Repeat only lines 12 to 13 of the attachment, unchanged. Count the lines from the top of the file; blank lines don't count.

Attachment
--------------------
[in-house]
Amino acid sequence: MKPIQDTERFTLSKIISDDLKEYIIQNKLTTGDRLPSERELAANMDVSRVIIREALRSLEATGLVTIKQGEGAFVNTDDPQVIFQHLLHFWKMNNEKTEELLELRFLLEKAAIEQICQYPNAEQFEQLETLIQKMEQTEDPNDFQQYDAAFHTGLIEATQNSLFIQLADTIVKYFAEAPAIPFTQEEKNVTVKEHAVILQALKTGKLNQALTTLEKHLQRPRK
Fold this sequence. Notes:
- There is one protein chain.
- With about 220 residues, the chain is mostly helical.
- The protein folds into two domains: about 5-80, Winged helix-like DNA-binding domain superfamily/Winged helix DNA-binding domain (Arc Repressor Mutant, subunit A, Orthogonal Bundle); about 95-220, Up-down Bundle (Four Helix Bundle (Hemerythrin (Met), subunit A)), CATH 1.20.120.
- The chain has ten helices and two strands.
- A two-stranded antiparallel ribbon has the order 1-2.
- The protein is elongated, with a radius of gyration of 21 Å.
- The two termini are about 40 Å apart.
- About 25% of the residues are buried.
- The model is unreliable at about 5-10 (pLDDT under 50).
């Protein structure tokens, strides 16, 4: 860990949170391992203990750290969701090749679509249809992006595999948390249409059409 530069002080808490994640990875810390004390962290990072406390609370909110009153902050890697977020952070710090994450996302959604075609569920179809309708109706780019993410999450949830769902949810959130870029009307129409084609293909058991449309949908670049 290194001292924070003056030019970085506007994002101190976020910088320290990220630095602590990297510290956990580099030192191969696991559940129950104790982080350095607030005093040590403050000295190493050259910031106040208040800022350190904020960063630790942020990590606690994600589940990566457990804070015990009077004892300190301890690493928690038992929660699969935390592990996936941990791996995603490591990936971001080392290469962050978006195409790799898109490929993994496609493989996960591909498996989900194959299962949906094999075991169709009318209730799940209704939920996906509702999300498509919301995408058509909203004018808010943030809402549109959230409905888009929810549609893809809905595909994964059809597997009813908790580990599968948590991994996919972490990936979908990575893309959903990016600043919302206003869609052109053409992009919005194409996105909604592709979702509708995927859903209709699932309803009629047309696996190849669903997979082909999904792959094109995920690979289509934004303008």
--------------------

- The model is unreliable at about 5-10 (pLDDT under 50).
């Protein structure tokens, strides 16, 4: 860990949170391992203990750290969701090749679509249809992006595999948390249409059409 530069002080808490994640990875810390004390962290990072406390609370909110009153902050890697977020952070710090994450996302959604075609569920179809309708109706780019993410999450949830769902949810959130870029009307129409084609293909058991449309949908670049 290194001292924070003056030019970085506007994002101190976020910088320290990220630095602590990297510290956990580099030192191969696991559940129950104790982080350095607030005093040590403050000295190493050259910031106040208040800022350190904020960063630790942020990590606690994600589940990566457990804070015990009077004892300190301890690493928690038992929660699969935390592990996936941990791996995603490591990936971001080392290469962050978006195409790799898109490929993994496609493989996960591909498996989900194959299962949906094999075991169709009318209730799940209704939920996906509702999300498509919301995408058509909203004018808010943030809402549109959230409905888009929810549609893809809905595909994964059809597997009813908790580990599968948590991994996919972490990936979908990575893309959903990016600043919302206003869609052109053409992009919005194409996105909604592709979702509708995927859903209709699932309803009629047309696996190849669903997979082909999904792959094109995920690979289509934004303008």